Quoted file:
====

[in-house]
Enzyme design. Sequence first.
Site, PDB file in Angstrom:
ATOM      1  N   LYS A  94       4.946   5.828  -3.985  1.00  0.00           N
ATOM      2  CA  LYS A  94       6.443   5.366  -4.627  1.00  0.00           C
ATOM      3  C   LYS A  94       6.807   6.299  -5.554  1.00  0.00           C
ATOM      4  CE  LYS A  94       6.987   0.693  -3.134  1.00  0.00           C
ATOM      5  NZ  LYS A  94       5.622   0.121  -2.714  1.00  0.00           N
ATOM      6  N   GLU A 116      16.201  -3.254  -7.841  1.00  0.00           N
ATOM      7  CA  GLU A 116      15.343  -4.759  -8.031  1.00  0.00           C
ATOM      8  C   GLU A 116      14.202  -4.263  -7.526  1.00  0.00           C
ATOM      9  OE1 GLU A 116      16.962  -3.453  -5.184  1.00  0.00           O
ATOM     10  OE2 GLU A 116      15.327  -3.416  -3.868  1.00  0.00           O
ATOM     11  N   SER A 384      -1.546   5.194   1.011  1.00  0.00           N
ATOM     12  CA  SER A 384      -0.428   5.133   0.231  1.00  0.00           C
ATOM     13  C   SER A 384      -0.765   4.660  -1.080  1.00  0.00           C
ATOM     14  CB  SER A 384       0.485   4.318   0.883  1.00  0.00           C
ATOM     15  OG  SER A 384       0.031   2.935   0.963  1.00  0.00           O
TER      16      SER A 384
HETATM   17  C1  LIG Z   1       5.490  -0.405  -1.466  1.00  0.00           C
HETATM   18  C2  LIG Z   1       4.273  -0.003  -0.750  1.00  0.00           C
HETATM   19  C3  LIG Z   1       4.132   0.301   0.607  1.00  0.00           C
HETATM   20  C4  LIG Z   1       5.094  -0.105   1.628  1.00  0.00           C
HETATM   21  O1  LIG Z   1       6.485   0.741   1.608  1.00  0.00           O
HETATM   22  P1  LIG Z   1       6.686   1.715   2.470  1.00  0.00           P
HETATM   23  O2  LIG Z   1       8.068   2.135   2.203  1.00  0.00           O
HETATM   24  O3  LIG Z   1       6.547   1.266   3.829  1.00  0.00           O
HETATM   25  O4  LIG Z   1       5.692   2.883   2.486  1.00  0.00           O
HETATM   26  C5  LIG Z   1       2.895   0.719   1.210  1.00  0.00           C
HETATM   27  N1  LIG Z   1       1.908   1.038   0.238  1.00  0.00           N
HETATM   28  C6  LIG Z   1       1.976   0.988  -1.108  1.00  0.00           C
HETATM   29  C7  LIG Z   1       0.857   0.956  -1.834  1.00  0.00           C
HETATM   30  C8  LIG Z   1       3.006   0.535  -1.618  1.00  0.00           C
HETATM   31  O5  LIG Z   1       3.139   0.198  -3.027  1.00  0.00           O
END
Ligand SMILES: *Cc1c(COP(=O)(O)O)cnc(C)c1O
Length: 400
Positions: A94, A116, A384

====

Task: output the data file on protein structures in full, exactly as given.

[in-house]
Enzyme design. Sequence first.
Site, PDB file in Angstrom:
ATOM      1  N   LYS A  94       4.946   5.828  -3.985  1.00  0.00           N
ATOM      2  CA  LYS A  94       6.443   5.366  -4.627  1.00  0.00           C
ATOM      3  C   LYS A  94       6.807   6.299  -5.554  1.00  0.00           C
ATOM      4  CE  LYS A  94       6.987   0.693  -3.134  1.00  0.00           C
ATOM      5  NZ  LYS A  94       5.622   0.121  -2.714  1.00  0.00           N
ATOM      6  N   GLU A 116      16.201  -3.254  -7.841  1.00  0.00           N
ATOM      7  CA  GLU A 116      15.343  -4.759  -8.031  1.00  0.00           C
ATOM      8  C   GLU A 116      14.202  -4.263  -7.526  1.00  0.00           C
ATOM      9  OE1 GLU A 116      16.962  -3.453  -5.184  1.00  0.00           O
ATOM     10  OE2 GLU A 116      15.327  -3.416  -3.868  1.00  0.00           O
ATOM     11  N   SER A 384      -1.546   5.194   1.011  1.00  0.00           N
ATOM     12  CA  SER A 384      -0.428   5.133   0.231  1.00  0.00           C
ATOM     13  C   SER A 384      -0.765   4.660  -1.080  1.00  0.00           C
ATOM     14  CB  SER A 384       0.485   4.318   0.883  1.00  0.00           C
ATOM     15  OG  SER A 384       0.031   2.935   0.963  1.00  0.00           O
TER      16      SER A 384
HETATM   17  C1  LIG Z   1       5.490  -0.405  -1.466  1.00  0.00           C
HETATM   18  C2  LIG Z   1       4.273  -0.003  -0.750  1.00  0.00           C
HETATM   19  C3  LIG Z   1       4.132   0.301   0.607  1.00  0.00           C
HETATM   20  C4  LIG Z   1       5.094  -0.105   1.628  1.00  0.00           C
HETATM   21  O1  LIG Z   1       6.485   0.741   1.608  1.00  0.00           O
HETATM   22  P1  LIG Z   1       6.686   1.715   2.470  1.00  0.00           P
HETATM   23  O2  LIG Z   1       8.068   2.135   2.203  1.00  0.00           O
HETATM   24  O3  LIG Z   1       6.547   1.266   3.829  1.00  0.00           O
HETATM   25  O4  LIG Z   1       5.692   2.883   2.486  1.00  0.00           O
HETATM   26  C5  LIG Z   1       2.895   0.719   1.210  1.00  0.00           C
HETATM   27  N1  LIG Z   1       1.908   1.038   0.238  1.00  0.00           N
HETATM   28  C6  LIG Z   1       1.976   0.988  -1.108  1.00  0.00           C
HETATM   29  C7  LIG Z   1       0.857   0.956  -1.834  1.00  0.00           C
HETATM   30  C8  LIG Z   1       3.006   0.535  -1.618  1.00  0.00           C
HETATM   31  O5  LIG Z   1       3.139   0.198  -3.027  1.00  0.00           O
END
Ligand SMILES: *Cc1c(COP(=O)(O)O)cnc(C)c1O
Length: 400
Positions: A94, A116, A384